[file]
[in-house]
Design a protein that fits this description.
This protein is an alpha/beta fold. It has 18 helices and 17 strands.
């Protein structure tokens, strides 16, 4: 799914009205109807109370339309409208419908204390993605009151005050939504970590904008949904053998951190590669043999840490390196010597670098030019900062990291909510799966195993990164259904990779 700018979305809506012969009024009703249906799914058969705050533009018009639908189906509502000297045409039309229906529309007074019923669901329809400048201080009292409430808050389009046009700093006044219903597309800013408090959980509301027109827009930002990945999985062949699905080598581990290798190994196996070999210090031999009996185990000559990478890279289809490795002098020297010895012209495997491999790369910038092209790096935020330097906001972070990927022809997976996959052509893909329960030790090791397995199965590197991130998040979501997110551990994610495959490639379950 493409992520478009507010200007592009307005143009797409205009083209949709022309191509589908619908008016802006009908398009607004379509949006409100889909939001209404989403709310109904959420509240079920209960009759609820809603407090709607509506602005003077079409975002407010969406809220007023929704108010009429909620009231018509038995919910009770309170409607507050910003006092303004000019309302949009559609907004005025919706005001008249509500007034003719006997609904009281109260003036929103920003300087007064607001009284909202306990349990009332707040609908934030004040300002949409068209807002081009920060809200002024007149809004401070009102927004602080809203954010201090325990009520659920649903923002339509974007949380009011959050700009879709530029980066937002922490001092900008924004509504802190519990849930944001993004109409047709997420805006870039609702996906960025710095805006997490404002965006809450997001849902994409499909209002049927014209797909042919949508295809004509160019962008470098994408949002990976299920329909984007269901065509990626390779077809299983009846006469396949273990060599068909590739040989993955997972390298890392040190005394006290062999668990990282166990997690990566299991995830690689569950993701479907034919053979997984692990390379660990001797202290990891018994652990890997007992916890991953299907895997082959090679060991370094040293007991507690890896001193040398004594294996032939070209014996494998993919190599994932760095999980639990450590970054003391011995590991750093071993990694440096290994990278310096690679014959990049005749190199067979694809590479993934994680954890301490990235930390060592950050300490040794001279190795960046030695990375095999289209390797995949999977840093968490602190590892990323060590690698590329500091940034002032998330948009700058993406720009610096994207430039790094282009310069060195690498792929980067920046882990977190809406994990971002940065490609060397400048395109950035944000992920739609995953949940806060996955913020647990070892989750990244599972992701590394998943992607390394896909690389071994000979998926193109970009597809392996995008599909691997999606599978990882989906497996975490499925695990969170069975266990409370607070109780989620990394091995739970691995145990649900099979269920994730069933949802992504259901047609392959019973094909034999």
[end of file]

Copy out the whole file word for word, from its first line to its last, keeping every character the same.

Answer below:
[in-house]
Design a protein that fits this description.
This protein is an alpha/beta fold. It has 18 helices and 17 strands.
């Protein structure tokens, strides 16, 4: 799914009205109807109370339309409208419908204390993605009151005050939504970590904008949904053998951190590669043999840490390196010597670098030019900062990291909510799966195993990164259904990779 700018979305809506012969009024009703249906799914058969705050533009018009639908189906509502000297045409039309229906529309007074019923669901329809400048201080009292409430808050389009046009700093006044219903597309800013408090959980509301027109827009930002990945999985062949699905080598581990290798190994196996070999210090031999009996185990000559990478890279289809490795002098020297010895012209495997491999790369910038092209790096935020330097906001972070990927022809997976996959052509893909329960030790090791397995199965590197991130998040979501997110551990994610495959490639379950 493409992520478009507010200007592009307005143009797409205009083209949709022309191509589908619908008016802006009908398009607004379509949006409100889909939001209404989403709310109904959420509240079920209960009759609820809603407090709607509506602005003077079409975002407010969406809220007023929704108010009429909620009231018509038995919910009770309170409607507050910003006092303004000019309302949009559609907004005025919706005001008249509500007034003719006997609904009281109260003036929103920003300087007064607001009284909202306990349990009332707040609908934030004040300002949409068209807002081009920060809200002024007149809004401070009102927004602080809203954010201090325990009520659920649903923002339509974007949380009011959050700009879709530029980066937002922490001092900008924004509504802190519990849930944001993004109409047709997420805006870039609702996906960025710095805006997490404002965006809450997001849902994409499909209002049927014209797909042919949508295809004509160019962008470098994408949002990976299920329909984007269901065509990626390779077809299983009846006469396949273990060599068909590739040989993955997972390298890392040190005394006290062999668990990282166990997690990566299991995830690689569950993701479907034919053979997984692990390379660990001797202290990891018994652990890997007992916890991953299907895997082959090679060991370094040293007991507690890896001193040398004594294996032939070209014996494998993919190599994932760095999980639990450590970054003391011995590991750093071993990694440096290994990278310096690679014959990049005749190199067979694809590479993934994680954890301490990235930390060592950050300490040794001279190795960046030695990375095999289209390797995949999977840093968490602190590892990323060590690698590329500091940034002032998330948009700058993406720009610096994207430039790094282009310069060195690498792929980067920046882990977190809406994990971002940065490609060397400048395109950035944000992920739609995953949940806060996955913020647990070892989750990244599972992701590394998943992607390394896909690389071994000979998926193109970009597809392996995008599909691997999606599978990882989906497996975490499925695990969170069975266990409370607070109780989620990394091995739970691995145990649900099979269920994730069933949802992504259901047609392959019973094909034999």